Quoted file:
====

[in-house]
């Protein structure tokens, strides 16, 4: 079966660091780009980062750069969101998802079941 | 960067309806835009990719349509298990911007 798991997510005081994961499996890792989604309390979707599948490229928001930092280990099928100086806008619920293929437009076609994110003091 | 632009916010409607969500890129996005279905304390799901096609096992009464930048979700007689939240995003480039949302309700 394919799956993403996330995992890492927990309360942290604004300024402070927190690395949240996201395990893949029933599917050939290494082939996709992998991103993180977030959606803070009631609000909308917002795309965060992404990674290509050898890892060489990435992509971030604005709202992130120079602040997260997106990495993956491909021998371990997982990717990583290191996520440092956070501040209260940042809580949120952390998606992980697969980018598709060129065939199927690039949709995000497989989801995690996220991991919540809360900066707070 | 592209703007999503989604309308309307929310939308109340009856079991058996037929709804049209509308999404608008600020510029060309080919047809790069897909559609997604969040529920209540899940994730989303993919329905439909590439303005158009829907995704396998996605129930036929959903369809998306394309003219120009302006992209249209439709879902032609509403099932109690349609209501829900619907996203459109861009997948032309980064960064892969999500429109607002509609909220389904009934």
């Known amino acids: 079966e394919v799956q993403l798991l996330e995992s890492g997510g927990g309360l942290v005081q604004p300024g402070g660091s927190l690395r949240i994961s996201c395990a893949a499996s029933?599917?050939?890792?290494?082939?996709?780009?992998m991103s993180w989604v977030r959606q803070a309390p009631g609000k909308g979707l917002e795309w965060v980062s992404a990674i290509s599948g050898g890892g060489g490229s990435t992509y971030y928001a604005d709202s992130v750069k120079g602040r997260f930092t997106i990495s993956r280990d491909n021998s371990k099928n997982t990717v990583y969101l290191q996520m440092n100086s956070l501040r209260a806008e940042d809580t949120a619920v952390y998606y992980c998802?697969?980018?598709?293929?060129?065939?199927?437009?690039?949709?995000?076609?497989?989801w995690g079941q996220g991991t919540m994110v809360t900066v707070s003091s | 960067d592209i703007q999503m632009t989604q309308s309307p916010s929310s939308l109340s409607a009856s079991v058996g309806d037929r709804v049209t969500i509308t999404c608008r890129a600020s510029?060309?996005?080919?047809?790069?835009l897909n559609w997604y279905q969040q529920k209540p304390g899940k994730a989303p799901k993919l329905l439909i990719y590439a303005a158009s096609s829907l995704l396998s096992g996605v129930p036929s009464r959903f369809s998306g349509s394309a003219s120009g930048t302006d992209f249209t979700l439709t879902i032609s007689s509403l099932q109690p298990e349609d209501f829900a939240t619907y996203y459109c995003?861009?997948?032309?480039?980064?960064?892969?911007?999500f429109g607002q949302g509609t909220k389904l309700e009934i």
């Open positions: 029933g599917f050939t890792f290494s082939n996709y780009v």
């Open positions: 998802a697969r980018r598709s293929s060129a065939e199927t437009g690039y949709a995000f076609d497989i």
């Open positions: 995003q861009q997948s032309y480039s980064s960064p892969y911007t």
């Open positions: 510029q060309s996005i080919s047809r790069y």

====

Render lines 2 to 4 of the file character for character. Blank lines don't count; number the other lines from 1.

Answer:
């Protein structure tokens, strides 16, 4: 079966660091780009980062750069969101998802079941 | 960067309806835009990719349509298990911007 798991997510005081994961499996890792989604309390979707599948490229928001930092280990099928100086806008619920293929437009076609994110003091 | 632009916010409607969500890129996005279905304390799901096609096992009464930048979700007689939240995003480039949302309700 394919799956993403996330995992890492927990309360942290604004300024402070927190690395949240996201395990893949029933599917050939290494082939996709992998991103993180977030959606803070009631609000909308917002795309965060992404990674290509050898890892060489990435992509971030604005709202992130120079602040997260997106990495993956491909021998371990997982990717990583290191996520440092956070501040209260940042809580949120952390998606992980697969980018598709060129065939199927690039949709995000497989989801995690996220991991919540809360900066707070 | 592209703007999503989604309308309307929310939308109340009856079991058996037929709804049209509308999404608008600020510029060309080919047809790069897909559609997604969040529920209540899940994730989303993919329905439909590439303005158009829907995704396998996605129930036929959903369809998306394309003219120009302006992209249209439709879902032609509403099932109690349609209501829900619907996203459109861009997948032309980064960064892969999500429109607002509609909220389904009934």
């Known amino acids: 079966e394919v799956q993403l798991l996330e995992s890492g997510g927990g309360l942290v005081q604004p300024g402070g660091s927190l690395r949240i994961s996201c395990a893949a499996s029933?599917?050939?890792?290494?082939?996709?780009?992998m991103s993180w989604v977030r959606q803070a309390p009631g609000k909308g979707l917002e795309w965060v980062s992404a990674i290509s599948g050898g890892g060489g490229s990435t992509y971030y928001a604005d709202s992130v750069k120079g602040r997260f930092t997106i990495s993956r280990d491909n021998s371990k099928n997982t990717v990583y969101l290191q996520m440092n100086s956070l501040r209260a806008e940042d809580t949120a619920v952390y998606y992980c998802?697969?980018?598709?293929?060129?065939?199927?437009?690039?949709?995000?076609?497989?989801w995690g079941q996220g991991t919540m994110v809360t900066v707070s003091s | 960067d592209i703007q999503m632009t989604q309308s309307p916010s929310s939308l109340s409607a009856s079991v058996g309806d037929r709804v049209t969500i509308t999404c608008r890129a600020s510029?060309?996005?080919?047809?790069?835009l897909n559609w997604y279905q969040q529920k209540p304390g899940k994730a989303p799901k993919l329905l439909i990719y590439a303005a158009s096609s829907l995704l396998s096992g996605v129930p036929s009464r959903f369809s998306g349509s394309a003219s120009g930048t302006d992209f249209t979700l439709t879902i032609s007689s509403l099932q109690p298990e349609d209501f829900a939240t619907y996203y459109c995003?861009?997948?032309?480039?980064?960064?892969?911007?999500f429109g607002q949302g509609t909220k389904l309700e009934i």
């Open positions: 029933g599917f050939t890792f290494s082939n996709y780009v």